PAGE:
Having arrived at Jhansi railway station by the 12050, Gatimaan Express -- recently demoted to the status of the second fastest train of the Indian Railways, rushing clickety-clack at the top speed of 160 kmph at times, with a really smart and confident looking lady loco pilot at the controls, we were immediately struck by the lack of sensible signage at this important junction. Luckily, our taxi driver was aware of this aspect of arrival on the separate terminating platform for the Gatimaan, and guided us over phone for a rendezvous at what is known as the Trimurti Gate pick-up and drop spot.
Jhansi is one of the few railway stations, actually the only one of the hundreds I have gone to so far in India in my life, where a fee of anything between Rs30 and 50 rupees is collected without a receipt from people being picked up or dropped in a motor vehicle. If you do not wish to pay this, you are supposed to disembark about 500 metres away.
In addition, a person looking like a junkie sitting under an umbrella asked me if I was an Indian or a foreigner, and then demanded to see my voter's identity card.
This, again, has never happened to me before - but then again, probably because of the way I carry myself, or the brightly coloured socks I was wearing, I have been asked this question about my nationality multiple times by people trying to skim a "foreigner ticket" surcharge from me at ticketed and non-ticketed monuments.
(The man under the umbrella tried to explain to me that Trimurti Gate at Jhansi railway station was a ticketed monument. This was my introduction to the Indian Railways at Jhansi after a near perfect journey in the Gatimaan from Hazrat Nizamuddin in Delhi to Jhansi, my knowledge base about life having been enhanced by co-passenger ex-Minister, ex-CEC, ex-IAS, and son of army officer, M.S. Gill, who now farms at nearby Shivpuri. One long RTI query and half-a-dozen public grievances at the PGPortal website have emerged from just this one railway station.
The drive from Jhansi railway station to our hotel in Orchha, the Riverside Bundelkhand booked by us at a fantastically low rate through MakeMyTrip, was pleasant and smooth. There is a State border between Jhansi and Orchha but "setting" keeps everybody happy between what are essentially twin cities. Orchha's decline after the arrival of the British and Jhansi's growth was also because of the way the railway lines were laid through Jhansi instead of Orchha, which in turn made Jhansi into a huge British colonial military garrison town while Orchha decayed - which was in a way lucky, because the really old temples in and around Orchha survived due to sheer negligence. Even the Mughals did not knock them down, and that's another interesting story.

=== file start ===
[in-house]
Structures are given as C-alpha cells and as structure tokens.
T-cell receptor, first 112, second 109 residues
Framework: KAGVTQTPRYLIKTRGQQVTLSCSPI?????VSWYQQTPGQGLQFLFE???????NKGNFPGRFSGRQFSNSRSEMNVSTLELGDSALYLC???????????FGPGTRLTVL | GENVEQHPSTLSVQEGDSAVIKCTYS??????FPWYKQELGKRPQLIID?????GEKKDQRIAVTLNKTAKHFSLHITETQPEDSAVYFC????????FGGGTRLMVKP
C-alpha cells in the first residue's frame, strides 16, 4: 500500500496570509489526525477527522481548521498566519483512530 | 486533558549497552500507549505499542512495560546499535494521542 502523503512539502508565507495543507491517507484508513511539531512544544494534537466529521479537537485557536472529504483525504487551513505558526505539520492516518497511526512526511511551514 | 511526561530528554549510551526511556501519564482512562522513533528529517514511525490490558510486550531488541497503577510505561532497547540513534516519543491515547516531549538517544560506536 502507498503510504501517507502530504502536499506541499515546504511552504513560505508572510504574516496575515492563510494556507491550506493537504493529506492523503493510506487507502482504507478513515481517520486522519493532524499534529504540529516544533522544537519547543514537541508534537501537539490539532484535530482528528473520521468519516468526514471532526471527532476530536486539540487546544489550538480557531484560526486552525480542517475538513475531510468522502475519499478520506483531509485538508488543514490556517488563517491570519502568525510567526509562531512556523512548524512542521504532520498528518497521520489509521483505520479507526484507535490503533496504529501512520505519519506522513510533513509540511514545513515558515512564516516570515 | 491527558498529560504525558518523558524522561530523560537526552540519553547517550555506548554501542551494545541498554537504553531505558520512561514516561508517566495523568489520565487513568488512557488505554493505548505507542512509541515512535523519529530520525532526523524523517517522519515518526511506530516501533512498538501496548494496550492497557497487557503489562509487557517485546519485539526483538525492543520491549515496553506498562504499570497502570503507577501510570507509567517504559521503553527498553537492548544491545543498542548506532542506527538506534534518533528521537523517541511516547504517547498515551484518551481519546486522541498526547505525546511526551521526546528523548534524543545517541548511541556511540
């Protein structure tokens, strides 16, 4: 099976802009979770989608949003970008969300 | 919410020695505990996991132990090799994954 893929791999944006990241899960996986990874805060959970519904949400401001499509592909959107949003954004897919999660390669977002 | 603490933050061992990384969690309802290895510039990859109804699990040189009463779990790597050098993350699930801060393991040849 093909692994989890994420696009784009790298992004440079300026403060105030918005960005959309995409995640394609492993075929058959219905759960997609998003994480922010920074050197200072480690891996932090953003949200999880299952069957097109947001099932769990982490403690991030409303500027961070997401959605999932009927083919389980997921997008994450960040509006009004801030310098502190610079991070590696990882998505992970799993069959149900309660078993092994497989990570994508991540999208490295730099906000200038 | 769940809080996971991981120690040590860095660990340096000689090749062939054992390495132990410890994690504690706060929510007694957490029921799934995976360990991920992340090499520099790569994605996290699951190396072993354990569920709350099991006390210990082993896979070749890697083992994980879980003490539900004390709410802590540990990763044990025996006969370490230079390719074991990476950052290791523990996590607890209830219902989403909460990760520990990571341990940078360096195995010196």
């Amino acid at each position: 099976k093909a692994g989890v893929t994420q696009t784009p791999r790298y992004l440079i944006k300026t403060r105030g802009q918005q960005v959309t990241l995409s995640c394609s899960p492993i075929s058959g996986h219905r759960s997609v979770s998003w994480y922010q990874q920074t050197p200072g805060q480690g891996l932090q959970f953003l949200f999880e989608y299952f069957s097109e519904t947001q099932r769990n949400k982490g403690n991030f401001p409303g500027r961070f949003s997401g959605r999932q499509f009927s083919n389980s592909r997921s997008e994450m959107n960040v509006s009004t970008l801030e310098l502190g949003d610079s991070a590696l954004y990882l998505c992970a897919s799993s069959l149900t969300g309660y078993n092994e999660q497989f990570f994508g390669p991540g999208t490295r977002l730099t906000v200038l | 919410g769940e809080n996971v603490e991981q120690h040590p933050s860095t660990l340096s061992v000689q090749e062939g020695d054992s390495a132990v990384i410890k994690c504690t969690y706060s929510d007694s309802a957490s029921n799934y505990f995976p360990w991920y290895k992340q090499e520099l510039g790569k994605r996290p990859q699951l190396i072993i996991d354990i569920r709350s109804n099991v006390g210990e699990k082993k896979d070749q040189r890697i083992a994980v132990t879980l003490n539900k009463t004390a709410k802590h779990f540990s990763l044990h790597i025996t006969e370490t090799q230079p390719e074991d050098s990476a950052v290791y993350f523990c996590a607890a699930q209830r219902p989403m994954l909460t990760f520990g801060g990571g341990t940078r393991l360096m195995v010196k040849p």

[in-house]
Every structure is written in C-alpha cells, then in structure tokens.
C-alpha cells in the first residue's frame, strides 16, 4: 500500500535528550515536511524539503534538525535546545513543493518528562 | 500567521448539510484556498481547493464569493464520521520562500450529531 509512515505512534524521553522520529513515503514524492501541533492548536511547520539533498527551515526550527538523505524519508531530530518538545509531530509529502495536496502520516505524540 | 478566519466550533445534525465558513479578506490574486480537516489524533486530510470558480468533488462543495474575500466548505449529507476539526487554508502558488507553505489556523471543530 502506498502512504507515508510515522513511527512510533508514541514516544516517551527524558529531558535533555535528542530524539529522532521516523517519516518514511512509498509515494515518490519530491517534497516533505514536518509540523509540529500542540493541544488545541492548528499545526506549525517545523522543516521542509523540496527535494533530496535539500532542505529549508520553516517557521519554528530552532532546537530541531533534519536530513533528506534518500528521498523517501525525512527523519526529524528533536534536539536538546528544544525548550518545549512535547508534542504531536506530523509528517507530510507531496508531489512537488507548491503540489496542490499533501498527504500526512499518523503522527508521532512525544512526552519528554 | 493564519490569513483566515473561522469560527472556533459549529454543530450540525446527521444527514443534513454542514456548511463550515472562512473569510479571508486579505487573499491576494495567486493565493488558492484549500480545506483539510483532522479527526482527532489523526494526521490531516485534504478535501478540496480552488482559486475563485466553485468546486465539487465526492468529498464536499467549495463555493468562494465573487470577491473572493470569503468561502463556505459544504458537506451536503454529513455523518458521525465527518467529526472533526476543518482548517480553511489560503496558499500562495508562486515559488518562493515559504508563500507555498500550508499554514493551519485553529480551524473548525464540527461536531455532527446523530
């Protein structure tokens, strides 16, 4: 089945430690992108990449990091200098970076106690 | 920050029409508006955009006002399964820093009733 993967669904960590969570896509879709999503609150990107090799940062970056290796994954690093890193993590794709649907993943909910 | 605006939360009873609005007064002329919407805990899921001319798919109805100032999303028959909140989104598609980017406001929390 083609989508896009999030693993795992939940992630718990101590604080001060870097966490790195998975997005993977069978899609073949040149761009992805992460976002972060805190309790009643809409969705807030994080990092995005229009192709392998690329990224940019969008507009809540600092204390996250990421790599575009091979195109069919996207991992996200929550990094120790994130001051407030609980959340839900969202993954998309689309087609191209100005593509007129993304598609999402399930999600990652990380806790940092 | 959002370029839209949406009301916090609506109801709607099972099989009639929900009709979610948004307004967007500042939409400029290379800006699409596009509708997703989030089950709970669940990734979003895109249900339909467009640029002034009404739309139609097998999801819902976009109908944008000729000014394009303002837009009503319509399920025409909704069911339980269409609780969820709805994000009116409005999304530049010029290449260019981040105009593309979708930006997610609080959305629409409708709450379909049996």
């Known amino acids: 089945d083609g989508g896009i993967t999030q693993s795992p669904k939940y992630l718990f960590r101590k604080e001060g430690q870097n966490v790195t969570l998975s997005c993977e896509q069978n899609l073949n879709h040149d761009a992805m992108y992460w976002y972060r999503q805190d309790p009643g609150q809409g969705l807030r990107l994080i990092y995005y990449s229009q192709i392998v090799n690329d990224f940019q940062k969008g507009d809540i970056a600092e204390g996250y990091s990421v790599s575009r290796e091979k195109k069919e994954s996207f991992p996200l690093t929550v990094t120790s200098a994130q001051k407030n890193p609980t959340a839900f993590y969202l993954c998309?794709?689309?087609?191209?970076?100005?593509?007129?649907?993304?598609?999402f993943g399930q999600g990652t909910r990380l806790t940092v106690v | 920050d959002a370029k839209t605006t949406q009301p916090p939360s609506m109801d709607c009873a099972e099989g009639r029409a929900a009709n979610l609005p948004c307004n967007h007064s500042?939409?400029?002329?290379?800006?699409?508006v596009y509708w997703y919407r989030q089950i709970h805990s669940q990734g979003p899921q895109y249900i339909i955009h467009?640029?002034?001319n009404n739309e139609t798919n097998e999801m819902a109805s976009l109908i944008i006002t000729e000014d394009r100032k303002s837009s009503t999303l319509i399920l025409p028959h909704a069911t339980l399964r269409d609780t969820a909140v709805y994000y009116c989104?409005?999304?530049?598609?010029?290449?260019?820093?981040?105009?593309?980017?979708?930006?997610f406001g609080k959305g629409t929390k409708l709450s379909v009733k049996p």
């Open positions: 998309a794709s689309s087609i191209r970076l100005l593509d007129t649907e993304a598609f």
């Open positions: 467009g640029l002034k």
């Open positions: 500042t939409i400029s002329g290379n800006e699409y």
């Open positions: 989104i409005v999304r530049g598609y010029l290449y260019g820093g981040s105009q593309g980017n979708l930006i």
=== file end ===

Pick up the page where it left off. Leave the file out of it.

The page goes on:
It is important to point out here that the main temples in Orchha date back to the 15th and 16th centuries, the ones lost in the forests nearby date back to the 6th century, and there are archaeological digs from even earlier popping up every now and then. As a matter of fact, I learnt more about these old temples from the astronomical, time, space, cosmological and civil construction point of view from a Chinese tourist quietly doing his research in the jungles, using online maps, and a seafarer friend who was also present and knew more about the technological aspects of old temples than I did, as he had also researched Angkor Wat along the same lines.
It is very interesting to identify similar basics of temple construction in complexes as far apart in time and space as Angkor Wat, Madurai and now Orchha. If this subject interests readers, then I will suggest you either go to Orchha and head for the Chaturbhuj Temple, go up a few floors to a spot under the dome, take your mobile phone out, put on and recalibrate the inbuilt compass, place it on the ground as dead centre under the dome roof as you can, and then check the four cardinal points -- true North, East, South and West, and look through the windows, check out what you see in perfect alignment.
After that, tip the fine young guard nearby who will open some locked doors for you, climb up an exact 67 steps to the highest point, and repeat. Each step, by the way, is about one metre high so it takes a lot of effort to climb them. Knowledge does not come easy to seekers.
That done, wait for the night to see the Belt of Orion march across in the clear night sky, and then work out why the old Chaturbhuj temple has seven spires of varying diameters, heights, and proportions.
(To be continued)